After breakfast you journey south of central Bulgaria to find yourself in Kazanlak – a region famous for its flower. It is said that it was Alexander the Great who brought the Damascean rose from Persia. As time and local cultivators took care of the rest, the region became known as the Rose Valley and the rose – one of the national symbols. This and other fascinating stories you discover in Kazanlak city which is also home to a well-preserved Thracian tomb. A short ride away, you have the chance to visit the beautiful Shipka monastery from the turn of the 20th century. It was dedicated to the Russian, Ukrainian and Bulgarian soldiers who wrestled the country back from Ottoman rulers. After such a healthy dose of Balkan history you continue to your hotel in Veliko Tarnovo to spend the night.
Perched on a hill over the Yantra River, Veliko Tarnovo is doubtless one of the most picturesque cities you visit. It was once the capital of medieval Bulgaria and the spirit of the tsars can still be felt in its winding cobbled streets that lead you to the magnificent Tsarevets Fortress. Bits and pieces of history are also to be found in its centuries-old churches and charming houses. In the afternoon you head to Arbanassi – an impressive small village with traditional Bulgarian houses and and religions monuments with decorative mural paintings, and icons. Back in Veliko Tarnovo it’s time for shopping in the Samovodksa Charshiya Street where you can find a variety of art craft and handmade souvenirs. Shall you fancy a presentation of Bulgarian history in the form of ligh and sound show in the Zarevtz hill, you can crown your evening with this optional program for an additional fee before you return to your hotel for well-deserved rest.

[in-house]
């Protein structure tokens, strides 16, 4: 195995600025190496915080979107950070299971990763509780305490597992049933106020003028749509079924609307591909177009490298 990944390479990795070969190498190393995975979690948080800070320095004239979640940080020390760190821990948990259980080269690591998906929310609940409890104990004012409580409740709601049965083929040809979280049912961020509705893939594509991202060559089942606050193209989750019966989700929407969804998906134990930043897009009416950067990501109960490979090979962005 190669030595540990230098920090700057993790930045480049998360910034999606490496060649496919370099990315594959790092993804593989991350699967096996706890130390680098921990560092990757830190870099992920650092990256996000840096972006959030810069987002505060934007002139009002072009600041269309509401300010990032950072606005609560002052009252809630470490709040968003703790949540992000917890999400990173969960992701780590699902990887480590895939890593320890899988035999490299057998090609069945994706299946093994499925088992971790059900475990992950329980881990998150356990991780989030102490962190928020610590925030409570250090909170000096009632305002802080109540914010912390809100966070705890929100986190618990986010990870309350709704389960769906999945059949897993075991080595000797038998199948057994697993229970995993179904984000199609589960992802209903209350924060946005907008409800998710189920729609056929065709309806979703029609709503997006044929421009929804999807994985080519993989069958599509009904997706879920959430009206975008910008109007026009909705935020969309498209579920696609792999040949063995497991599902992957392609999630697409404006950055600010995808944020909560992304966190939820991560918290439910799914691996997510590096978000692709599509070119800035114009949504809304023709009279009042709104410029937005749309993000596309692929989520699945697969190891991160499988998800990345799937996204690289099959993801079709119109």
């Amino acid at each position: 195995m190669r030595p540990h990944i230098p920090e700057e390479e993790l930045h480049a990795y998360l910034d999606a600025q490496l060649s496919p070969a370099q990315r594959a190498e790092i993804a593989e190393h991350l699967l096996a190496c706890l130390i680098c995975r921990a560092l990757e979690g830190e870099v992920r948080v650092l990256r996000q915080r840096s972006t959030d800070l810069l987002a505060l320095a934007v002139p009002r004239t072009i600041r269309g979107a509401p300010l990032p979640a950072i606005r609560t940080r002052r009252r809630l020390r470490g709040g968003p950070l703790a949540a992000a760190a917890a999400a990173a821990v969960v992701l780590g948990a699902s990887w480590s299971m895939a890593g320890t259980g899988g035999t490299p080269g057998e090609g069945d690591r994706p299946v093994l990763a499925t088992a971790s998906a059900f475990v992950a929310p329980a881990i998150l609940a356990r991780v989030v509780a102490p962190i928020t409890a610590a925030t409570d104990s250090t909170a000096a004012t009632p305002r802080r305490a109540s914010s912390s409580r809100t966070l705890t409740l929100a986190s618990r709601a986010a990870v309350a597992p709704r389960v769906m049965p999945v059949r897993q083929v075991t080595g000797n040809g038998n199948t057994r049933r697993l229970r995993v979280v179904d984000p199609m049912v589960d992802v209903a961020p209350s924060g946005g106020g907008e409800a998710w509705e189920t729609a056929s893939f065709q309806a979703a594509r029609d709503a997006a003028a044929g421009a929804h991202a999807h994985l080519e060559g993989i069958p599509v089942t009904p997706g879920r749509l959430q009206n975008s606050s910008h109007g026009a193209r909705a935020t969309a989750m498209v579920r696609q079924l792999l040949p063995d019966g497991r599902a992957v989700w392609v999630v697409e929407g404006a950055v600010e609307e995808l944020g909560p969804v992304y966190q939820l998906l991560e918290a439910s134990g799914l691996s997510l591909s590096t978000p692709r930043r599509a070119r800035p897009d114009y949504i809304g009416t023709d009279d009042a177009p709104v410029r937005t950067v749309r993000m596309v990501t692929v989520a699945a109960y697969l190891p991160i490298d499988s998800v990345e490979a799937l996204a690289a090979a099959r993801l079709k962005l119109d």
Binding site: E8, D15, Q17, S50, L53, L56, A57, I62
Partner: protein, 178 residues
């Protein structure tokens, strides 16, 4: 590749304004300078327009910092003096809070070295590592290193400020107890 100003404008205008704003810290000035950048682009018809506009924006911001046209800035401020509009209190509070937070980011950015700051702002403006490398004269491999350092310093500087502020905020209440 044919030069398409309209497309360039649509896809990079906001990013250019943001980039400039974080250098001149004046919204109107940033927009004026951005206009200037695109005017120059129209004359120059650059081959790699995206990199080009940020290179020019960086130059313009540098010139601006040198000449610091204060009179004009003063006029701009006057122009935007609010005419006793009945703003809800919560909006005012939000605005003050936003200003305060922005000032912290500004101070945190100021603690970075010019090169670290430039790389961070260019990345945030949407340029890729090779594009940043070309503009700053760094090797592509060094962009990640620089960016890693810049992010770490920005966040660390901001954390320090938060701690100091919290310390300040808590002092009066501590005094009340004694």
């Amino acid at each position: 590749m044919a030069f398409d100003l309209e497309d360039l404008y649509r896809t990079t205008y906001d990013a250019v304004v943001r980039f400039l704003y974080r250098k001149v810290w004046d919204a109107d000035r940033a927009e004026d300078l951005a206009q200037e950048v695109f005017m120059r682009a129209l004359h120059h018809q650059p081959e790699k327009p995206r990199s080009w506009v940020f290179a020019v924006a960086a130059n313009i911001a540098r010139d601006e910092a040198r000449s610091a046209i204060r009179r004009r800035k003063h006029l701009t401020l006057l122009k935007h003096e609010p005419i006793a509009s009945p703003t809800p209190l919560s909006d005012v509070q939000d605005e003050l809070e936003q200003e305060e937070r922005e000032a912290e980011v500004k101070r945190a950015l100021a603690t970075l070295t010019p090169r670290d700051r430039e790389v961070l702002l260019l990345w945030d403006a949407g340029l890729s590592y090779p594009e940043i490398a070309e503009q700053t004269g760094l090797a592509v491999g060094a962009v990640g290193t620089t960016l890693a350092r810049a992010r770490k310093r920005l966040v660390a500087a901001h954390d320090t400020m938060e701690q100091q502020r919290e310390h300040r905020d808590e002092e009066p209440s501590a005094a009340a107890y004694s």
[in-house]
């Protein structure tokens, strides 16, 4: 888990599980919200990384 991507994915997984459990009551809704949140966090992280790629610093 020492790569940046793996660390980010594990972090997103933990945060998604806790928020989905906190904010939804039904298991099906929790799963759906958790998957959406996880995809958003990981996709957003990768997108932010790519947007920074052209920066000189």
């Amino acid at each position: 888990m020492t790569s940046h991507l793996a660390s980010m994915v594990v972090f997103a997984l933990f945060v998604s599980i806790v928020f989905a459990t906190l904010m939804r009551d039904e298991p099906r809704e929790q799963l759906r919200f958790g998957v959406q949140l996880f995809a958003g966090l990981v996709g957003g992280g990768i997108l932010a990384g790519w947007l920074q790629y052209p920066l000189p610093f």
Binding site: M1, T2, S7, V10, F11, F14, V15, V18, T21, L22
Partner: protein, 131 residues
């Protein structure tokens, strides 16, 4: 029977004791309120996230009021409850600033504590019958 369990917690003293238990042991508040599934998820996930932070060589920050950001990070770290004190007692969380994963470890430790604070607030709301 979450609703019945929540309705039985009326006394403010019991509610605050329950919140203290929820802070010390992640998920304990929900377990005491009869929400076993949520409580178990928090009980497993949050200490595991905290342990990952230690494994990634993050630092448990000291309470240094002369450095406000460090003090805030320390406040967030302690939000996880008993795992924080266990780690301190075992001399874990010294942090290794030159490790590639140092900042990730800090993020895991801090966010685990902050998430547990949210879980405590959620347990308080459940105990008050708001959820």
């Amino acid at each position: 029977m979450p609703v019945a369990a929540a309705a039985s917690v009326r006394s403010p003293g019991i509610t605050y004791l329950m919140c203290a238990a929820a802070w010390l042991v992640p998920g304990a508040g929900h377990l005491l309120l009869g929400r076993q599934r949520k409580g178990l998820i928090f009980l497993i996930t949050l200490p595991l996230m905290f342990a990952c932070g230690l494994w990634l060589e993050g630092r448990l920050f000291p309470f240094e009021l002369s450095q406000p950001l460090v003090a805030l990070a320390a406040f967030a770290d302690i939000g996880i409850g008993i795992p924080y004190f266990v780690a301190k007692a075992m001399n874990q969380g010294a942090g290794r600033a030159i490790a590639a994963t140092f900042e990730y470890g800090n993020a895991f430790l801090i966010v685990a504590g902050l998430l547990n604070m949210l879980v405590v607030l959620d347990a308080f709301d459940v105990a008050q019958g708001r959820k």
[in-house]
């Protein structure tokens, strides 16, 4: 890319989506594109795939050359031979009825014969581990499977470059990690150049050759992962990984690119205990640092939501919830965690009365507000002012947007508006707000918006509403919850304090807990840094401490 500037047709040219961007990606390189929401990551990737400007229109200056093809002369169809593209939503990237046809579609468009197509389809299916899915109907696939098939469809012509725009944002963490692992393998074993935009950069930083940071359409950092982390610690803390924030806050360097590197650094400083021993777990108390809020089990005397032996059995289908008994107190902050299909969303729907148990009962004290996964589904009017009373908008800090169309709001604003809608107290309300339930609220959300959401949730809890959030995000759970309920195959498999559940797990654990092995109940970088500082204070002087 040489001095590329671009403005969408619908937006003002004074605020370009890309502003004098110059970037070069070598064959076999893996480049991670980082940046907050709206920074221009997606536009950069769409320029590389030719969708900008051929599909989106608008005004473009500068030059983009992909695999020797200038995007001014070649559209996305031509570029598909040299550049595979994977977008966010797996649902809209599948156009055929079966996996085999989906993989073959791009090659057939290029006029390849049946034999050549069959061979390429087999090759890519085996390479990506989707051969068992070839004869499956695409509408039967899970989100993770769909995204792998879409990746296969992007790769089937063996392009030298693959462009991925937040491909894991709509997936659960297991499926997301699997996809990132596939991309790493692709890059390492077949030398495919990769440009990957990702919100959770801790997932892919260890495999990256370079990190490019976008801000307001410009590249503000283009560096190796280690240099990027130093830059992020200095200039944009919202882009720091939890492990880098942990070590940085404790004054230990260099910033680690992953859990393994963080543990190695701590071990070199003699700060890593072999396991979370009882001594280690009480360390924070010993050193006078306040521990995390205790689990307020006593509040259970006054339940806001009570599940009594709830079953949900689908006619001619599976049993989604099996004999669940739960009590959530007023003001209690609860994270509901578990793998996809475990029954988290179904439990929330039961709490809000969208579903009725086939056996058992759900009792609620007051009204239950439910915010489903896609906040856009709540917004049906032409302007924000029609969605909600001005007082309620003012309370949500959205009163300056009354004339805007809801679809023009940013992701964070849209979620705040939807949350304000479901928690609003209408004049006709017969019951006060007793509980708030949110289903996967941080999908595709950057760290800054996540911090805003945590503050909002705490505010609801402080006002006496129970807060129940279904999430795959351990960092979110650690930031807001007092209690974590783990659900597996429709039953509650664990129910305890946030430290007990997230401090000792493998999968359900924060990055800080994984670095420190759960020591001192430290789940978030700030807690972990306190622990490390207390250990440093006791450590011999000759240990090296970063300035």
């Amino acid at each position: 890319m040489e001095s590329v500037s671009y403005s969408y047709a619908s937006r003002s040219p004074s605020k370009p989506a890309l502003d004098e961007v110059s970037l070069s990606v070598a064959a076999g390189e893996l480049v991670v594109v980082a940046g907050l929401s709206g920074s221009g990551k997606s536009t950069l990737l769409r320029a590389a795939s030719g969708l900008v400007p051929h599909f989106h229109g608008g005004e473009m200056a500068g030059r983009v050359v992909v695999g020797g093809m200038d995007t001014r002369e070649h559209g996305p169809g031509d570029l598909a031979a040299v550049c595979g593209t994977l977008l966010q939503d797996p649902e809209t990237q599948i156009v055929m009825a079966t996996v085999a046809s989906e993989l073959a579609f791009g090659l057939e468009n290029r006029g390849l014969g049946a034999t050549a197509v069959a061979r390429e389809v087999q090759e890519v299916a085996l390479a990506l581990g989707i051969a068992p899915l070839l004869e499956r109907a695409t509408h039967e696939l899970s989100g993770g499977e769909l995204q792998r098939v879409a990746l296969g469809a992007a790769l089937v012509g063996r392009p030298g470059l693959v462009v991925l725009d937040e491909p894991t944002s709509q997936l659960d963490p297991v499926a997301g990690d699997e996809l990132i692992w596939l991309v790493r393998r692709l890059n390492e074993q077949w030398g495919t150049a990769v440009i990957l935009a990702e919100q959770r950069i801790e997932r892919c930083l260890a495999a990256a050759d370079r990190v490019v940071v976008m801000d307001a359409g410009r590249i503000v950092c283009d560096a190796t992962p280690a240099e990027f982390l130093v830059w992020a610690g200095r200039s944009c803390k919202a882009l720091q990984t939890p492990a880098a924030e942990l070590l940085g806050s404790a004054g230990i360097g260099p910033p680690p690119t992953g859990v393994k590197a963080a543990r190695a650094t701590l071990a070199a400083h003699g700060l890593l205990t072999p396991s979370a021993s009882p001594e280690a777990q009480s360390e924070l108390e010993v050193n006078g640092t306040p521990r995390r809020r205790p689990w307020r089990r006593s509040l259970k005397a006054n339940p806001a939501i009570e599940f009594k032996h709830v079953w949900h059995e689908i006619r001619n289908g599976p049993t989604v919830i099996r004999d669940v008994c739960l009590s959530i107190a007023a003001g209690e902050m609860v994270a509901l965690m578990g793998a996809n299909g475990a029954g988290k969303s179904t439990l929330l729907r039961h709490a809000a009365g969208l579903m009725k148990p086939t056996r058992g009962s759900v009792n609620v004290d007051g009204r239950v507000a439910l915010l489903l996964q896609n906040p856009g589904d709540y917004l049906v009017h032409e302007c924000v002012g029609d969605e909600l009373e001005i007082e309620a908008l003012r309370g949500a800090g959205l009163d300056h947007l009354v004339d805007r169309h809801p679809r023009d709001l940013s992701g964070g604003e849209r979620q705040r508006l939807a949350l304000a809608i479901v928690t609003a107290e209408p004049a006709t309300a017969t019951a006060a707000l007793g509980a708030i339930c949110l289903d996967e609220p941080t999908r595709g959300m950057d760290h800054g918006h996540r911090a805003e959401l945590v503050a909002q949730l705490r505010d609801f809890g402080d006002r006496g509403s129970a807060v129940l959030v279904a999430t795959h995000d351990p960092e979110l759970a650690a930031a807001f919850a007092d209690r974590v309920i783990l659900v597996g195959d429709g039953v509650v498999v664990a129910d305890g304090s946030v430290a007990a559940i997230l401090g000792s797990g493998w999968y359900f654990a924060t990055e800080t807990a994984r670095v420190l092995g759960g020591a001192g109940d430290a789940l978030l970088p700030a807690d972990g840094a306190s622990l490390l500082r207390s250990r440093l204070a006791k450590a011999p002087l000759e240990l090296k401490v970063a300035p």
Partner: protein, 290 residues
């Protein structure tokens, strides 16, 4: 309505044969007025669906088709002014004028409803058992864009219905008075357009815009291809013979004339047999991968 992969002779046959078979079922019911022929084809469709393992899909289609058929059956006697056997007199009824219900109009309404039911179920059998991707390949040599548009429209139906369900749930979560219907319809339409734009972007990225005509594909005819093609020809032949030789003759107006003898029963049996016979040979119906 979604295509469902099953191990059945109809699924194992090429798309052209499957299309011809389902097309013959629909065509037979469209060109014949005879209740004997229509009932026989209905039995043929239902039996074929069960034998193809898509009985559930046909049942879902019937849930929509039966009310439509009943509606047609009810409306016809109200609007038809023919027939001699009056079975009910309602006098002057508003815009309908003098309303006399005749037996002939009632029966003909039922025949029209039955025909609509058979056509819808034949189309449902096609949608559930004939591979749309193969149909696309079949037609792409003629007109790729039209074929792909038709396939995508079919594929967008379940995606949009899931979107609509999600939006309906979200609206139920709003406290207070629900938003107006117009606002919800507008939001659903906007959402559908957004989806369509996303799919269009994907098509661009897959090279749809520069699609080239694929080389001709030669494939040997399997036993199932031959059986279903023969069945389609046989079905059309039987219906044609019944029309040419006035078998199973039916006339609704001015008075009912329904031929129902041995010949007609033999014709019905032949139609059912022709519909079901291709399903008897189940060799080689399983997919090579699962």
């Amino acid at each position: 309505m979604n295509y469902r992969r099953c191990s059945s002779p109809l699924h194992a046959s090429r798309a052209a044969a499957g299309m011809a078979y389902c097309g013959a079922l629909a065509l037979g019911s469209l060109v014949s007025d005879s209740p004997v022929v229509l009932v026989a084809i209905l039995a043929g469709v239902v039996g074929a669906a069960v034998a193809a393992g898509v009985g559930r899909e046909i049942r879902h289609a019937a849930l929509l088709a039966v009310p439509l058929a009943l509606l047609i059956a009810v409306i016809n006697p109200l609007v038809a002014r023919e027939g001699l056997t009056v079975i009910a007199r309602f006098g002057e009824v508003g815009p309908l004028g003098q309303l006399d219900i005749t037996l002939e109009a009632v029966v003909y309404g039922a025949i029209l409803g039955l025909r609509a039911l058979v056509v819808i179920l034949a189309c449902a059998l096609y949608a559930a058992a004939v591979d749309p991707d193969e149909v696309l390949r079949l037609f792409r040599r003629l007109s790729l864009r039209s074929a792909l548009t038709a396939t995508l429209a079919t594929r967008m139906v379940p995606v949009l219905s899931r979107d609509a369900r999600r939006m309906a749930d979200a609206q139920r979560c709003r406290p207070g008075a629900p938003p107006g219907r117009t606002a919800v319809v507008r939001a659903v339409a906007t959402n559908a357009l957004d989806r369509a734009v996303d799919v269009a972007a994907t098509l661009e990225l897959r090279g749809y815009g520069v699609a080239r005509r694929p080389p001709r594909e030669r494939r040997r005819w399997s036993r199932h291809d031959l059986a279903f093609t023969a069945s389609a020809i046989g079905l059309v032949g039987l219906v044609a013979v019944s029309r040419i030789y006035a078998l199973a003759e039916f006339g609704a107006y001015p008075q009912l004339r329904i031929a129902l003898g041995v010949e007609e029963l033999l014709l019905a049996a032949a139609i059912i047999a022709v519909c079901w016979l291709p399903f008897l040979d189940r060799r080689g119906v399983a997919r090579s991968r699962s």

Veliko Tarnovo area abounds in treasures of monastic architecture and after breakfast you visit a score of impressive sancturaries: Kilifarevo, Dryanovo, St. Peter and Paul and the Transfiguration monasteries, among many others. Each one with a unique history of creation, accompanying legends no less vivid than its ornamentations. This truly enriching tour ends late in the afternoon with time for relaxation at your hotel.
In the morning, en route to Sofia, you stop at the Troyan Monastery – an impressive medieval complex with an exceptional church. Its outter walls are covered in Zahari Zograf’s breathtaking frescos depicting the apocalypse. Inside, you can admire a beautifully-crafted wood altar and iconostasis. As you know by now- Eastern European monasteries were more than houses of prayer. The Troyan one, for instance, became the centre of revolutionary activity against the Turks back in the 19th century. With your mind nurished, you can now respond to more earthly needs and have lunch in the monastery area before journeying on to Sofia. Arriving in the capital late in the afternoon, you have some free time to roam the city before calling it a night- your last in Bulgaria. Optionally, we can arrange for a traditional dinner at a local restaurant, which includes the specialities of Bulgarian cuisine and a folkloric program.
Today after breakfast, packed and rested, you are accompanied by our representative to the airport. With countless photographs to tell the wonderful story you’ve lived in this exceptional part of the world, you’re now ready to head back home.